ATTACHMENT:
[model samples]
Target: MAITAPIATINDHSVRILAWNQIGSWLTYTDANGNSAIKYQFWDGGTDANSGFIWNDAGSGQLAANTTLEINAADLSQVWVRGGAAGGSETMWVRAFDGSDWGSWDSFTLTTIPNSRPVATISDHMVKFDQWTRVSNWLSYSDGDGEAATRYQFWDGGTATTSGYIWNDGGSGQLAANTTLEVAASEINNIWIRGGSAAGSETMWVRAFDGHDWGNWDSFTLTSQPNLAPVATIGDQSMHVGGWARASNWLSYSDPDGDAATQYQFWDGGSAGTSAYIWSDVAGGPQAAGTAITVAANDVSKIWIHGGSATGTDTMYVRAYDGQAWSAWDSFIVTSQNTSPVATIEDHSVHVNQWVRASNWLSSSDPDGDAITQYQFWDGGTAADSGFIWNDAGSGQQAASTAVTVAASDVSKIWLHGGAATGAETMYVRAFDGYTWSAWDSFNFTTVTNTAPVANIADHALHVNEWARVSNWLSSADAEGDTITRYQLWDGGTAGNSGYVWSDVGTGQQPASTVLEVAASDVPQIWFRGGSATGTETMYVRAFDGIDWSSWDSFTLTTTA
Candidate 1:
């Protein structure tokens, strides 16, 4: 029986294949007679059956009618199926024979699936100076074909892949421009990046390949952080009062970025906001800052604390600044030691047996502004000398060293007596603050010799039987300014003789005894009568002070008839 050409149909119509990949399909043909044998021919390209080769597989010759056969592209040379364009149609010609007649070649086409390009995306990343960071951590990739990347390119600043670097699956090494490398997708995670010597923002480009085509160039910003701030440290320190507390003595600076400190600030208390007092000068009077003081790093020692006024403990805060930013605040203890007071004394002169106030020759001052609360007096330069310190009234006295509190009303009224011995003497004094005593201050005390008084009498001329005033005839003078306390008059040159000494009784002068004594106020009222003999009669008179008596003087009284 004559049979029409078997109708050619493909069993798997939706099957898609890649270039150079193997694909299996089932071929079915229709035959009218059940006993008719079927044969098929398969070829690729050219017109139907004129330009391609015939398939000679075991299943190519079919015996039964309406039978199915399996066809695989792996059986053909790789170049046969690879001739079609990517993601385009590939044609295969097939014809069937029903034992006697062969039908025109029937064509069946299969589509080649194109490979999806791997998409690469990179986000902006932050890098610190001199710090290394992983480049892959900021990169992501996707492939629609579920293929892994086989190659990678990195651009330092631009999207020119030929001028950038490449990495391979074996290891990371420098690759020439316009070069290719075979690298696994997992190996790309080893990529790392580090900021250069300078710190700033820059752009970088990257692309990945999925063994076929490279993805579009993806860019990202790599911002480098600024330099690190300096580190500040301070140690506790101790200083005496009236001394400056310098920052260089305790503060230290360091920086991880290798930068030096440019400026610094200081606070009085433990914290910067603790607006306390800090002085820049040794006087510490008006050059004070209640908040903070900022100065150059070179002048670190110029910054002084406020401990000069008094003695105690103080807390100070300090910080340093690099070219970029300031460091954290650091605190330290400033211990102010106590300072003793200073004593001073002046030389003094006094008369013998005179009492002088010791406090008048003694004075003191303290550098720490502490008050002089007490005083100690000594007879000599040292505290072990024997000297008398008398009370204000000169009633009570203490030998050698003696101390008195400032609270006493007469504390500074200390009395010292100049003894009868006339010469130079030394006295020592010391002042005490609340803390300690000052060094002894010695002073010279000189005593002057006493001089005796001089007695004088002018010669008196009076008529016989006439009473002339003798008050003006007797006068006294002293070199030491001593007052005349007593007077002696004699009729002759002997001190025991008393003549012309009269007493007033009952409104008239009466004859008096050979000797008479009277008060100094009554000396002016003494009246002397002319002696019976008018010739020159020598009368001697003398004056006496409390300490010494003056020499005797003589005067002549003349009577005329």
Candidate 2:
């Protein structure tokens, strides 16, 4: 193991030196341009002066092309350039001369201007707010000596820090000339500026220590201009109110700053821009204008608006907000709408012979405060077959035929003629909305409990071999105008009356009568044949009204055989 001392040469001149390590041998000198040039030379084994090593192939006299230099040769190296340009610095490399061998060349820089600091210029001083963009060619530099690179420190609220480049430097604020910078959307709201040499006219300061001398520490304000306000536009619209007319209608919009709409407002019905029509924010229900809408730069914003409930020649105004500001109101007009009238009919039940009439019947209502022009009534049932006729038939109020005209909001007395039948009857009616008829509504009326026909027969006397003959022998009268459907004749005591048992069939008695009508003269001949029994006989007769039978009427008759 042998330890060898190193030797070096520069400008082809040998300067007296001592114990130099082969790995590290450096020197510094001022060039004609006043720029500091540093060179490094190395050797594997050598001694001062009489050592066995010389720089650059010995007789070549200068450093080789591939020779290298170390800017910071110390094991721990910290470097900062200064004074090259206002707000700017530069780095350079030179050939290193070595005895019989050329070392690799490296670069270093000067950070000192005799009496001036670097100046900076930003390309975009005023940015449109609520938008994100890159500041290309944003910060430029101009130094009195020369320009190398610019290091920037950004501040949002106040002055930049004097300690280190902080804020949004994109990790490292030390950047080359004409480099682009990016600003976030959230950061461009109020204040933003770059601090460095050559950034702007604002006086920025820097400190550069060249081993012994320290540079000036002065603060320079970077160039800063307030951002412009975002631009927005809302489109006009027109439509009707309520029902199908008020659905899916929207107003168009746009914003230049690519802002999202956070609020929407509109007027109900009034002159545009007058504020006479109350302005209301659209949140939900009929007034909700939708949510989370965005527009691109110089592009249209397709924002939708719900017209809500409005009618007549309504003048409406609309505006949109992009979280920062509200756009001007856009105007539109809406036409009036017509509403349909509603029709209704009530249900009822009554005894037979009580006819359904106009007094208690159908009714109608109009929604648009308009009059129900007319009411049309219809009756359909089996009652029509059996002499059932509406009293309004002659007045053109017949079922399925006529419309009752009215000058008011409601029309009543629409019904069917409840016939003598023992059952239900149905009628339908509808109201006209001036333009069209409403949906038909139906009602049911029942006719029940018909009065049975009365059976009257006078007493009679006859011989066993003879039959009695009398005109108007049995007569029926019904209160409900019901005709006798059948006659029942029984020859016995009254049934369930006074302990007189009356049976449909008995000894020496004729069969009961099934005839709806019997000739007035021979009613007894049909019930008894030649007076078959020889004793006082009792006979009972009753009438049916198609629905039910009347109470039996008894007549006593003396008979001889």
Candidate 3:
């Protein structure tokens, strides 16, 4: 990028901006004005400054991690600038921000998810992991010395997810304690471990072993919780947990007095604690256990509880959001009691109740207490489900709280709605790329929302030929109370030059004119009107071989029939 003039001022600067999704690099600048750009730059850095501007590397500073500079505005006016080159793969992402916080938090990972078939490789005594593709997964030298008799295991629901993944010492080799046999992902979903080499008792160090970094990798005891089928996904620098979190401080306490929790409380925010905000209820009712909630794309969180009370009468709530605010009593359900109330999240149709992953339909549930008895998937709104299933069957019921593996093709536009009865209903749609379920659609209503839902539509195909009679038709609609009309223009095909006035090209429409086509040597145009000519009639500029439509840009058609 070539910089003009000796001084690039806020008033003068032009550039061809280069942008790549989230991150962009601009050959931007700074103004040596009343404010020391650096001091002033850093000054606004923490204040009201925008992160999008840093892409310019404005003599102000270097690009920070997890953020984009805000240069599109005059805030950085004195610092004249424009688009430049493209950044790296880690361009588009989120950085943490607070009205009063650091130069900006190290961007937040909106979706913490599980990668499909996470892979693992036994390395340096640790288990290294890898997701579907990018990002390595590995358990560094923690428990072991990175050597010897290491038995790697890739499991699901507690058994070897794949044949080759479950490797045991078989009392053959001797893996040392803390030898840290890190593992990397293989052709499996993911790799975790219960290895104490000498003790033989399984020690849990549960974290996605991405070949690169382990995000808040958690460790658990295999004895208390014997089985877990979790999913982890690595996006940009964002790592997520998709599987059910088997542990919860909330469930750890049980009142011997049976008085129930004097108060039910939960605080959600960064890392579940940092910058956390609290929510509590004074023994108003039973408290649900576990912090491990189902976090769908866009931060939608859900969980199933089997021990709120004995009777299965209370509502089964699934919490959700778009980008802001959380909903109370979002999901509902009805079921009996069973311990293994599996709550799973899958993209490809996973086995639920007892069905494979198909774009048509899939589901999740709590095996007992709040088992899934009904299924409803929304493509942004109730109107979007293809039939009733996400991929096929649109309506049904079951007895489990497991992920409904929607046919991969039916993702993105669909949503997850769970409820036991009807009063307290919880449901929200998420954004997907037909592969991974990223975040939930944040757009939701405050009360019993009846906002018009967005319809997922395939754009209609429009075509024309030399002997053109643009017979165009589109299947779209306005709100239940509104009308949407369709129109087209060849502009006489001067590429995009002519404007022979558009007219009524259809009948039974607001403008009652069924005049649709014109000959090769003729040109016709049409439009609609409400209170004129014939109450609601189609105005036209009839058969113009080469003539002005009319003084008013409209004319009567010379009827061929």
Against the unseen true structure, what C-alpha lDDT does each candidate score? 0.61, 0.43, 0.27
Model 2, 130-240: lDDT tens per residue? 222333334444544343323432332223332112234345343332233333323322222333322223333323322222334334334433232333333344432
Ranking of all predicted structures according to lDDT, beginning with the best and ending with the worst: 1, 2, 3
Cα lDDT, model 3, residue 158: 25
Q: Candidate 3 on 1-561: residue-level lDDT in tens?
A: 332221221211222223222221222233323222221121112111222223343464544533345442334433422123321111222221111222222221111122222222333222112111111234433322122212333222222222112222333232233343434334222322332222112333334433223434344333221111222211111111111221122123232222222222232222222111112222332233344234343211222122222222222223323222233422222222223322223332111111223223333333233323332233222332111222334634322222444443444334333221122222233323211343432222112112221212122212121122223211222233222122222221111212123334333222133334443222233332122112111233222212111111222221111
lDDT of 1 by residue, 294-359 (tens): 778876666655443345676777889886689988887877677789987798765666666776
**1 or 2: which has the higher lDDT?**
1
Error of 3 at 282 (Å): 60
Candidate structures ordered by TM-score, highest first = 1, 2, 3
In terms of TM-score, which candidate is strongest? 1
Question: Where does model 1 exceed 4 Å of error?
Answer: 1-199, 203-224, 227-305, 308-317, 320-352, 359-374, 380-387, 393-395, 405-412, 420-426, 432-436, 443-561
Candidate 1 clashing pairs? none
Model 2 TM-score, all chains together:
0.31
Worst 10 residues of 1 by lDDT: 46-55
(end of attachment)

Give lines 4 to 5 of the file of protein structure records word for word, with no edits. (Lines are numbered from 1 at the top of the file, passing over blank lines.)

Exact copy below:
């Protein structure tokens, strides 16, 4: 029986294949007679059956009618199926024979699936100076074909892949421009990046390949952080009062970025906001800052604390600044030691047996502004000398060293007596603050010799039987300014003789005894009568002070008839 050409149909119509990949399909043909044998021919390209080769597989010759056969592209040379364009149609010609007649070649086409390009995306990343960071951590990739990347390119600043670097699956090494490398997708995670010597923002480009085509160039910003701030440290320190507390003595600076400190600030208390007092000068009077003081790093020692006024403990805060930013605040203890007071004394002169106030020759001052609360007096330069310190009234006295509190009303009224011995003497004094005593201050005390008084009498001329005033005839003078306390008059040159000494009784002068004594106020009222003999009669008179008596003087009284 004559049979029409078997109708050619493909069993798997939706099957898609890649270039150079193997694909299996089932071929079915229709035959009218059940006993008719079927044969098929398969070829690729050219017109139907004129330009391609015939398939000679075991299943190519079919015996039964309406039978199915399996066809695989792996059986053909790789170049046969690879001739079609990517993601385009590939044609295969097939014809069937029903034992006697062969039908025109029937064509069946299969589509080649194109490979999806791997998409690469990179986000902006932050890098610190001199710090290394992983480049892959900021990169992501996707492939629609579920293929892994086989190659990678990195651009330092631009999207020119030929001028950038490449990495391979074996290891990371420098690759020439316009070069290719075979690298696994997992190996790309080893990529790392580090900021250069300078710190700033820059752009970088990257692309990945999925063994076929490279993805579009993806860019990202790599911002480098600024330099690190300096580190500040301070140690506790101790200083005496009236001394400056310098920052260089305790503060230290360091920086991880290798930068030096440019400026610094200081606070009085433990914290910067603790607006306390800090002085820049040794006087510490008006050059004070209640908040903070900022100065150059070179002048670190110029910054002084406020401990000069008094003695105690103080807390100070300090910080340093690099070219970029300031460091954290650091605190330290400033211990102010106590300072003793200073004593001073002046030389003094006094008369013998005179009492002088010791406090008048003694004075003191303290550098720490502490008050002089007490005083100690000594007879000599040292505290072990024997000297008398008398009370204000000169009633009570203490030998050698003696101390008195400032609270006493007469504390500074200390009395010292100049003894009868006339010469130079030394006295020592010391002042005490609340803390300690000052060094002894010695002073010279000189005593002057006493001089005796001089007695004088002018010669008196009076008529016989006439009473002339003798008050003006007797006068006294002293070199030491001593007052005349007593007077002696004699009729002759002997001190025991008393003549012309009269007493007033009952409104008239009466004859008096050979000797008479009277008060100094009554000396002016003494009246002397002319002696019976008018010739020159020598009368001697003398004056006496409390300490010494003056020499005797003589005067002549003349009577005329």
Candidate 2: